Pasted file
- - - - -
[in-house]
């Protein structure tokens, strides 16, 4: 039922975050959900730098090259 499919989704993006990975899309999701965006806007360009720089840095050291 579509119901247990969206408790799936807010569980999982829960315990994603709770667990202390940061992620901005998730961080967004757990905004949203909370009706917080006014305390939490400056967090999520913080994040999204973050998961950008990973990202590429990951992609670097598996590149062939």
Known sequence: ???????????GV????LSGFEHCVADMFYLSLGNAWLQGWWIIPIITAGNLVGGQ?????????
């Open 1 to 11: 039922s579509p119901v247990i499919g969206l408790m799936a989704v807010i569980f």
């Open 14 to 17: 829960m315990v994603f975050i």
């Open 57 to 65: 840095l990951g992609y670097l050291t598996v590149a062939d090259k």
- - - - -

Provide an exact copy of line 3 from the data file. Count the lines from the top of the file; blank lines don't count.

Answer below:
Known sequence: ???????????GV????LSGFEHCVADMFYLSLGNAWLQGWWIIPIITAGNLVGGQ?????????